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The weird syntax of a self-invoking closure function implies that you are essentially calling the function itself, hence making it self-invoking. Here is some code demonstrating this:

<!DOCTYPE html>
<html>
    <head>
        <title>
            A Nameless Function that Executes Itself
        </title>
    </head>

    <body onload = "mainMethod();">

        <div id = "here"></div>

        <script type = "text/javascript">

            function mainMethod()
            {
                var here = document.getElementById("here");
                var hello = "Hello World!";

                here.innerHTML = function()
                {
                    return hello + "<br />";
                }(); // WITH method parentheses -- self-invoking

                here.innerHTML += function()
                {
                    return hello;
                }; // withOUT method parentheses
            }
        </script>
    </body>
</html>


...the second function above does not execute because it lacks the ending parentheses, and the innerHTML becomes the entire function itself. So, why doesn't your standard Ajax syntax use self-invocation in the same way? It would seem that the XMLHttpRequest processes the onreadystatechange attribute in a unique way. Here is an example:

function getStock()
{
    var req = new XMLHttpRequest();

    var stock = document.getElementById("stock");

    req.onreadystatechange = function()
    {
        if( (req.readyState == 4) && (req.status == 200) )
        {
            // value of stock
            var stockValue = req.responseText;

            stock.innerHTML = stockValue;
        }
    }
    req.open("GET", "randomStockValue.php?random=", true);
    req.send(null);

    setTimeout("getStock()", 1000);
}


Notice the lack of ending parentheses... I'm asking this because I want to further understand Ajax syntax, and what exactly it is doing.

share|improve this question
    
"So, why doesn't your standard Ajax syntax use self-invocation in the same way?" I don't understand what you mean, the affectation of onreadystatechange doesn't use parenthesis so it shouldn't call itself. – Sebas May 17 '12 at 23:25
    
ajax call can be synchronous or asynchronous, if you write req.open(uri, url, false) , it will be synchronous and you'll get your stock without the need of a timeout getStock() if the request is successfull. – mpm May 17 '12 at 23:26
    
@camus: The getStock seems to use setTimeout only to call it repeatedly, i.e. in an interval of 1s to update the #stock. – Bergi May 17 '12 at 23:40
up vote 0 down vote accepted

It registers an event listener. The function does not get executed instantly, it (the Function object) is just assigned to the onreadystatechange property. It will be invoked some later time - when the ajax request changes its state. It's something like a setTimeout with an unknown timeout (and it will be invoked more than one time).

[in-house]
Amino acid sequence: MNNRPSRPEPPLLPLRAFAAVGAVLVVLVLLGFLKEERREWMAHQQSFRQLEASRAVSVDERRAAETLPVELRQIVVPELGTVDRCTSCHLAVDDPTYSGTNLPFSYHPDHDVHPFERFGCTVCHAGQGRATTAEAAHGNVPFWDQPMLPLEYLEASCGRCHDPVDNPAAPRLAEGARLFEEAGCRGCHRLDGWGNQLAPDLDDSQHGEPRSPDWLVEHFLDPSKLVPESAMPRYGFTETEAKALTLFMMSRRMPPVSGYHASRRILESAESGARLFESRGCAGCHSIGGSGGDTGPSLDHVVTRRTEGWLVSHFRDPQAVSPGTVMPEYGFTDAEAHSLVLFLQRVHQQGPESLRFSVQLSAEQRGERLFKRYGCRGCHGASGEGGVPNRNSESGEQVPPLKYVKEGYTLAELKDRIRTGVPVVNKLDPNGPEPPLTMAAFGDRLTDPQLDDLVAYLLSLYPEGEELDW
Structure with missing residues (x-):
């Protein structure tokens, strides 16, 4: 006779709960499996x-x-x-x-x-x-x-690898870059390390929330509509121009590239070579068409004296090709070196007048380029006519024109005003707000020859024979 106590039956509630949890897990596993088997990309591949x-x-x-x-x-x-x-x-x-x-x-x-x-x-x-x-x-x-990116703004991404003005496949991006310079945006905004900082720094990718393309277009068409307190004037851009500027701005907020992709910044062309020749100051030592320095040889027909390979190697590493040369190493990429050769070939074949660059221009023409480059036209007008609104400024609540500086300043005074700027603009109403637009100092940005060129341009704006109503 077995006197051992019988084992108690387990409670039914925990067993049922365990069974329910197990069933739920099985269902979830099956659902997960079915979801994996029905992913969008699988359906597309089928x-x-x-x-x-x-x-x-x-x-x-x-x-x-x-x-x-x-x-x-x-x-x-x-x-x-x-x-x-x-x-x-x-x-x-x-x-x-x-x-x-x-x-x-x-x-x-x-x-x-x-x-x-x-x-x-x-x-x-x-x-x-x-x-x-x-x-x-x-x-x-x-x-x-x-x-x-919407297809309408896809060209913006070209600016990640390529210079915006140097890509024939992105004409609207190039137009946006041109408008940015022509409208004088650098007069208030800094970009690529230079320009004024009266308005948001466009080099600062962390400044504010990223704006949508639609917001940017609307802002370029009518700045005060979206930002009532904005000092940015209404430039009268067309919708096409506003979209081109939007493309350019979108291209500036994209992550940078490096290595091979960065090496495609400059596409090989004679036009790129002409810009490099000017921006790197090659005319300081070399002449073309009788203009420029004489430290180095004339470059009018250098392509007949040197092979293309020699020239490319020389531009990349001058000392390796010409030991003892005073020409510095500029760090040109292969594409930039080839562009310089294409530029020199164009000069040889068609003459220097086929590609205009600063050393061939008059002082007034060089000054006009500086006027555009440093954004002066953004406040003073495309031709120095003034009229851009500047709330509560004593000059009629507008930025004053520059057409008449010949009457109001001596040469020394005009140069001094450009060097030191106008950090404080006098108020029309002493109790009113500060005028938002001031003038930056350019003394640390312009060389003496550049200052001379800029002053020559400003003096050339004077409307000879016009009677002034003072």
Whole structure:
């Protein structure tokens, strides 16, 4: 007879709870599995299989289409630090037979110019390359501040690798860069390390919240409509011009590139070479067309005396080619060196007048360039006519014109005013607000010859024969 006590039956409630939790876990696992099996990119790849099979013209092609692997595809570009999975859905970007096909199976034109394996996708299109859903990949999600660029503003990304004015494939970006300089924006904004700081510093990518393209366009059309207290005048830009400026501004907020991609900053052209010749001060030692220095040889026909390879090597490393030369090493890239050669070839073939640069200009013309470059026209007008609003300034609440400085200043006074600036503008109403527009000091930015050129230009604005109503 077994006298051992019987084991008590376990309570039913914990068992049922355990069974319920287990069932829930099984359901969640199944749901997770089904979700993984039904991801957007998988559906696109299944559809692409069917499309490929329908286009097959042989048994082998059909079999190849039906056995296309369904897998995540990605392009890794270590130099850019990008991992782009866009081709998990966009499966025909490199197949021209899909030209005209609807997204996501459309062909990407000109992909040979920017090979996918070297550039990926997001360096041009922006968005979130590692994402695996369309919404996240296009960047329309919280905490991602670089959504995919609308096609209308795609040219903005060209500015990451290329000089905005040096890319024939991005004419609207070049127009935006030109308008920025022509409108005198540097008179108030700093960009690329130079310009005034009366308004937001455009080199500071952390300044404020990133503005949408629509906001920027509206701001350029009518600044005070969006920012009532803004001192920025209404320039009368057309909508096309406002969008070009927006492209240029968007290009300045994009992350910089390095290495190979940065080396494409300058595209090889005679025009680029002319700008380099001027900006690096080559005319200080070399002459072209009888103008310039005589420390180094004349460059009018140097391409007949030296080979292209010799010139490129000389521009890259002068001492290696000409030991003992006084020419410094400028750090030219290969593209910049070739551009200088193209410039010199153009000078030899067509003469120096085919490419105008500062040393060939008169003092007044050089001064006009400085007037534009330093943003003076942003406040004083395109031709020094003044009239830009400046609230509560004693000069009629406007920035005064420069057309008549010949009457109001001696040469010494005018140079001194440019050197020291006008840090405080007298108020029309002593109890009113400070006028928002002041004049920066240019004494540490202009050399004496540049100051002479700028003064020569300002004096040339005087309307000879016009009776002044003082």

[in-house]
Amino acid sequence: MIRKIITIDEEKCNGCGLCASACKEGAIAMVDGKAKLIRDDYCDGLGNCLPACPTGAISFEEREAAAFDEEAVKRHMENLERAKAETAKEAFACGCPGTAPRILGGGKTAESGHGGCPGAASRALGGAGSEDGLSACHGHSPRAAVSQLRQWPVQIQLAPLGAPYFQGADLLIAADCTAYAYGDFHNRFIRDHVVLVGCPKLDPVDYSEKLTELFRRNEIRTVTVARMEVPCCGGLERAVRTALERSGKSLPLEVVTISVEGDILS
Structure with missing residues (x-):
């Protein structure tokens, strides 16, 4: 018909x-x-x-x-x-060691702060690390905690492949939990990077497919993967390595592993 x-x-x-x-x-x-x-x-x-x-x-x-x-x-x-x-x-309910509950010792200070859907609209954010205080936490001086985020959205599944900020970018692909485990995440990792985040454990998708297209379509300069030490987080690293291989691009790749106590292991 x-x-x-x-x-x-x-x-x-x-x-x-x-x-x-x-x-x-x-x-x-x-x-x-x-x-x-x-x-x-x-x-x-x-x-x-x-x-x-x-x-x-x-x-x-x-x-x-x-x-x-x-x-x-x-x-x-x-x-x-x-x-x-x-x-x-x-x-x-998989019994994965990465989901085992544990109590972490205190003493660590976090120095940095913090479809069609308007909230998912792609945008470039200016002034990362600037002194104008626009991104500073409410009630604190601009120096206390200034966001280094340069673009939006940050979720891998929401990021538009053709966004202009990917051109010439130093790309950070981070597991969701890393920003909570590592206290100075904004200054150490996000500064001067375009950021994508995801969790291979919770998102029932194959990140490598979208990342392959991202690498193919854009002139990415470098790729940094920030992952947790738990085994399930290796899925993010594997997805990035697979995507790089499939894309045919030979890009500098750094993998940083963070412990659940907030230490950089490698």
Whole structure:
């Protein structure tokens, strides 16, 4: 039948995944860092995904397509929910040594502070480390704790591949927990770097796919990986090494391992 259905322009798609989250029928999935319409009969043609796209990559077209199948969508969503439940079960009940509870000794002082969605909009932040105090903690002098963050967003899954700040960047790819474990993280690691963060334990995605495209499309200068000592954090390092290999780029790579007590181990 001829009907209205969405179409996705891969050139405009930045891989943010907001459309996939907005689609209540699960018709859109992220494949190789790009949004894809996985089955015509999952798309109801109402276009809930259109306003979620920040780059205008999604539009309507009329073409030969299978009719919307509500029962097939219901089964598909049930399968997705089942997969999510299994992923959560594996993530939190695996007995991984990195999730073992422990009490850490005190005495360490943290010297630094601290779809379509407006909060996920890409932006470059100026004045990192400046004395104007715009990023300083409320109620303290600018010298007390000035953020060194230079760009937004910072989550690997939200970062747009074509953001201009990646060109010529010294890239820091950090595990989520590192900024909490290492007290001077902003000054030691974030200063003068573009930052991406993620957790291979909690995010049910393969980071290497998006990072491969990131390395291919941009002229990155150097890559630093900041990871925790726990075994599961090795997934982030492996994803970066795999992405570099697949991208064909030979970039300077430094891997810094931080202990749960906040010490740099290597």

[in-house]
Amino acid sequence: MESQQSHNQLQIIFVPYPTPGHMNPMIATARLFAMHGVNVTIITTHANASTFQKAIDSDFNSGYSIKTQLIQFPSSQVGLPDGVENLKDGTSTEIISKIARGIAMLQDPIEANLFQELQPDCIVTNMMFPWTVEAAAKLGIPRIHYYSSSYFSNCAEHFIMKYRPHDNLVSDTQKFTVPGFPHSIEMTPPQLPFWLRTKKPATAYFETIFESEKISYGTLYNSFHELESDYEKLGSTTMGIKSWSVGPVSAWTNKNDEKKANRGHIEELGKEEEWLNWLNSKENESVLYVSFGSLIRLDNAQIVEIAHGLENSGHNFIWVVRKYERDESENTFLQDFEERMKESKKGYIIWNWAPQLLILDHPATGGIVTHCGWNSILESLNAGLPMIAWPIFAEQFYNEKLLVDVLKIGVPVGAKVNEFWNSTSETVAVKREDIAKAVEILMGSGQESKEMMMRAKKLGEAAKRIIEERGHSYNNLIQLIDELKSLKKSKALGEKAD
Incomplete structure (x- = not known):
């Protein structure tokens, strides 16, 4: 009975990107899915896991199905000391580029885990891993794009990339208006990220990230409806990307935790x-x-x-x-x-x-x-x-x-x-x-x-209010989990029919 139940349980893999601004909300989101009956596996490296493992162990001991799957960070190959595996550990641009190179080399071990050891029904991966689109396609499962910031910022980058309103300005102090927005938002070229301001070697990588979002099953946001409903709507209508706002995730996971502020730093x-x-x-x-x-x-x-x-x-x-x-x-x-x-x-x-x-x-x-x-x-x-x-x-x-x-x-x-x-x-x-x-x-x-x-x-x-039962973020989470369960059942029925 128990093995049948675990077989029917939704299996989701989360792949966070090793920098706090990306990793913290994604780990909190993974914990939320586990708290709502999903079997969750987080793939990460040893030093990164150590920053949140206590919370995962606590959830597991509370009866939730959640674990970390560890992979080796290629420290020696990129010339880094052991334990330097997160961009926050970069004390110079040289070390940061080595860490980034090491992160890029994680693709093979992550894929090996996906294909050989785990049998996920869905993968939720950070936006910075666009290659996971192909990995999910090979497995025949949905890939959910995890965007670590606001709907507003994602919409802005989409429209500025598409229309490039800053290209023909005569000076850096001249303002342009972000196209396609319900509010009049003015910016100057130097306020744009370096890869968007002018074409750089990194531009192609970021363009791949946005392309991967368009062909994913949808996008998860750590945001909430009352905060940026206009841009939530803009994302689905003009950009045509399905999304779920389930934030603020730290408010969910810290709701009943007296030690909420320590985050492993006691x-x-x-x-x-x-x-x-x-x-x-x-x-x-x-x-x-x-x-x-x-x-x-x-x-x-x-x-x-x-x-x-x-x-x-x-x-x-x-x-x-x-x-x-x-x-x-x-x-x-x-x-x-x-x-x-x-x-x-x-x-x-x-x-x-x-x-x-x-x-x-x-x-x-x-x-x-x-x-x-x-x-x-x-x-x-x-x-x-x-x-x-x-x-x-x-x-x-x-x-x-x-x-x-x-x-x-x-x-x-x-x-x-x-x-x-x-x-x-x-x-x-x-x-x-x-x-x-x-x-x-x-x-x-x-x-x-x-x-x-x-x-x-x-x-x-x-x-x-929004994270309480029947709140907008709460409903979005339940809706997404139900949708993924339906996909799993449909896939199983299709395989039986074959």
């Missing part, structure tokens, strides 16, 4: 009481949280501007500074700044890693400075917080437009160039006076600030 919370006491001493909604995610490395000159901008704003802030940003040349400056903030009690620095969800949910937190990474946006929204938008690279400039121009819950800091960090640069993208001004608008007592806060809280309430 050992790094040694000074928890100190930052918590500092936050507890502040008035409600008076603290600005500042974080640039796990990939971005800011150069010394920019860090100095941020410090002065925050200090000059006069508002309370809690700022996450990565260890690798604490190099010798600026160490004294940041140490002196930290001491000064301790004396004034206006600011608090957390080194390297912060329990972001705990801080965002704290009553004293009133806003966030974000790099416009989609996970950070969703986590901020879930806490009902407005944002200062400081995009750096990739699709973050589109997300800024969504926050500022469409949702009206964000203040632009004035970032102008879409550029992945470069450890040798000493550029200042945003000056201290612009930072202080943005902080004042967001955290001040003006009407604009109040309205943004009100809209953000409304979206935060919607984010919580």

share|improve this answer
    
Ah, thanks -- so because it is an event listener it shouldn't be self-executing, rather it should be invoked when the ajax request changes its' state... which is essentially what makes it asynchronous, correct? Also, it being "something like a setTimeout with an unknonwn timeout" makes a lot of sense, thanks for the help. – Ian Campbell May 18 '12 at 21:18
    
Yes, that's for making it asynchrounous. – Bergi May 20 '12 at 17:45

The readystatechange property holds a callback function (or sometimes called an event handler function) that will be called by the ajax engine of the browser multiple times in the future when certain ajax events occur.

You do not want it to execute immediately. You want the function you assign to it to be called in the future when those certain events occur. You do not want it to be self-executing.

For other examples of event listeners or callback functions that are called some time in the future, see methods like addEventListener() or setTimeout().

share|improve this answer

There is nothing special with the ajax call handler , you can write the exact same code for the first exemple and it will perform the same wait :

      function mainMethod()
            {
                var here = document.getElementById("here");
                var hello = "Hello World!";

                here.innerHTML = function()
                {
                    return hello + "<br />";
                }(); // WITH method parentheses -- self-invoking

                here.innerHTML += function()
                {
                    return hello;
                }; // withOUT method parentheses
            }

document.body.onload = mainmethod ;

you a giving 2 exemples that doesnt share the same context , that's why indeed they behave differently.

now try

document.body.onclick = mainmethod ;

and your fonction will not execute until you click on the webpage. Same thing for ajax call.

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